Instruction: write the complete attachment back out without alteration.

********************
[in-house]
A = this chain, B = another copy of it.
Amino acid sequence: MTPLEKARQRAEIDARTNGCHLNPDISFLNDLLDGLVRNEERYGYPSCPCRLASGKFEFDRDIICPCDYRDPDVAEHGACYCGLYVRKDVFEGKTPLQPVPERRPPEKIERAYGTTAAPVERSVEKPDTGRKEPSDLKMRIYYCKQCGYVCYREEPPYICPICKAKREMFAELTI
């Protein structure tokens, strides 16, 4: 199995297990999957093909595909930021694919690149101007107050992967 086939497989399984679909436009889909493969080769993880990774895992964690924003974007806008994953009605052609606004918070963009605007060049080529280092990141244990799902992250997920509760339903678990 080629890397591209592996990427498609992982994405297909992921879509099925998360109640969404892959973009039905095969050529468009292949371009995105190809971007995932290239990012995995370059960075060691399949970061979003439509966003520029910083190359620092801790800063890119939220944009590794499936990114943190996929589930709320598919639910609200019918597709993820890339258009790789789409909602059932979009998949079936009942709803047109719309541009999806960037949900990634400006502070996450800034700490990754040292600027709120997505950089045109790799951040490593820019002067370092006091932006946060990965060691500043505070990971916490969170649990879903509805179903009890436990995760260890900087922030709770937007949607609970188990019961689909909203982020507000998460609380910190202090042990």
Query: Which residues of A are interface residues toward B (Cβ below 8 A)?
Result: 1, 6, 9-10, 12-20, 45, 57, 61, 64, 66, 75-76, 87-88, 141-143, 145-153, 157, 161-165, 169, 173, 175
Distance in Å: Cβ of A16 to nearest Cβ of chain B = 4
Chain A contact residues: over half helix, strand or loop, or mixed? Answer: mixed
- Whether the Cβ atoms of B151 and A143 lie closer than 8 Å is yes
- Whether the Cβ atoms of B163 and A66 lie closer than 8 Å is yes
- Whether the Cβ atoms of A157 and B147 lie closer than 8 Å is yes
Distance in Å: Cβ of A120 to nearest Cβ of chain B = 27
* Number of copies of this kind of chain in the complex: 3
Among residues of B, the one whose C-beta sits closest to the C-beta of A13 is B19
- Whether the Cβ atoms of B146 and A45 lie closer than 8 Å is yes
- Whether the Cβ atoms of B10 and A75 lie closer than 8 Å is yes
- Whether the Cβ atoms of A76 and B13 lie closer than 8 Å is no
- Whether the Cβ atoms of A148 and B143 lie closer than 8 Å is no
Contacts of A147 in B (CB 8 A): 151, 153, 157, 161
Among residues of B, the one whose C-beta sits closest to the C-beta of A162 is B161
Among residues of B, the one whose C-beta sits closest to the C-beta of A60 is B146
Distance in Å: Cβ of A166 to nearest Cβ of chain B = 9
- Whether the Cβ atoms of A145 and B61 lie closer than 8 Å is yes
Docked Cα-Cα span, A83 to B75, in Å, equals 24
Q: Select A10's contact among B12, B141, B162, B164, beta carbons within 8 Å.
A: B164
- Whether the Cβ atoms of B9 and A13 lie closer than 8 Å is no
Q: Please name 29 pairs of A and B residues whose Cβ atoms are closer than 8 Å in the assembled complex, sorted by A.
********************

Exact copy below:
[in-house]
A = this chain, B = another copy of it.
Amino acid sequence: MTPLEKARQRAEIDARTNGCHLNPDISFLNDLLDGLVRNEERYGYPSCPCRLASGKFEFDRDIICPCDYRDPDVAEHGACYCGLYVRKDVFEGKTPLQPVPERRPPEKIERAYGTTAAPVERSVEKPDTGRKEPSDLKMRIYYCKQCGYVCYREEPPYICPICKAKREMFAELTI
């Protein structure tokens, strides 16, 4: 199995297990999957093909595909930021694919690149101007107050992967 086939497989399984679909436009889909493969080769993880990774895992964690924003974007806008994953009605052609606004918070963009605007060049080529280092990141244990799902992250997920509760339903678990 080629890397591209592996990427498609992982994405297909992921879509099925998360109640969404892959973009039905095969050529468009292949371009995105190809971007995932290239990012995995370059960075060691399949970061979003439509966003520029910083190359620092801790800063890119939220944009590794499936990114943190996929589930709320598919639910609200019918597709993820890339258009790789789409909602059932979009998949079936009942709803047109719309541009999806960037949900990634400006502070996450800034700490990754040292600027709120997505950089045109790799951040490593820019002067370092006091932006946060990965060691500043505070990971916490969170649990879903509805179903009890436990995760260890900087922030709770937007949607609970188990019961689909909203982020507000998460609380910190202090042990």
Query: Which residues of A are interface residues toward B (Cβ below 8 A)?
Result: 1, 6, 9-10, 12-20, 45, 57, 61, 64, 66, 75-76, 87-88, 141-143, 145-153, 157, 161-165, 169, 173, 175
Distance in Å: Cβ of A16 to nearest Cβ of chain B = 4
Chain A contact residues: over half helix, strand or loop, or mixed? Answer: mixed
- Whether the Cβ atoms of B151 and A143 lie closer than 8 Å is yes
- Whether the Cβ atoms of B163 and A66 lie closer than 8 Å is yes
- Whether the Cβ atoms of A157 and B147 lie closer than 8 Å is yes
Distance in Å: Cβ of A120 to nearest Cβ of chain B = 27
* Number of copies of this kind of chain in the complex: 3
Among residues of B, the one whose C-beta sits closest to the C-beta of A13 is B19
- Whether the Cβ atoms of B146 and A45 lie closer than 8 Å is yes
- Whether the Cβ atoms of B10 and A75 lie closer than 8 Å is yes
- Whether the Cβ atoms of A76 and B13 lie closer than 8 Å is no
- Whether the Cβ atoms of A148 and B143 lie closer than 8 Å is no
Contacts of A147 in B (CB 8 A): 151, 153, 157, 161
Among residues of B, the one whose C-beta sits closest to the C-beta of A162 is B161
Among residues of B, the one whose C-beta sits closest to the C-beta of A60 is B146
Distance in Å: Cβ of A166 to nearest Cβ of chain B = 9
- Whether the Cβ atoms of A145 and B61 lie closer than 8 Å is yes
Docked Cα-Cα span, A83 to B75, in Å, equals 24
Q: Select A10's contact among B12, B141, B162, B164, beta carbons within 8 Å.
A: B164
- Whether the Cβ atoms of B9 and A13 lie closer than 8 Å is no
Q: Please name 29 pairs of A and B residues whose Cβ atoms are closer than 8 Å in the assembled complex, sorted by A.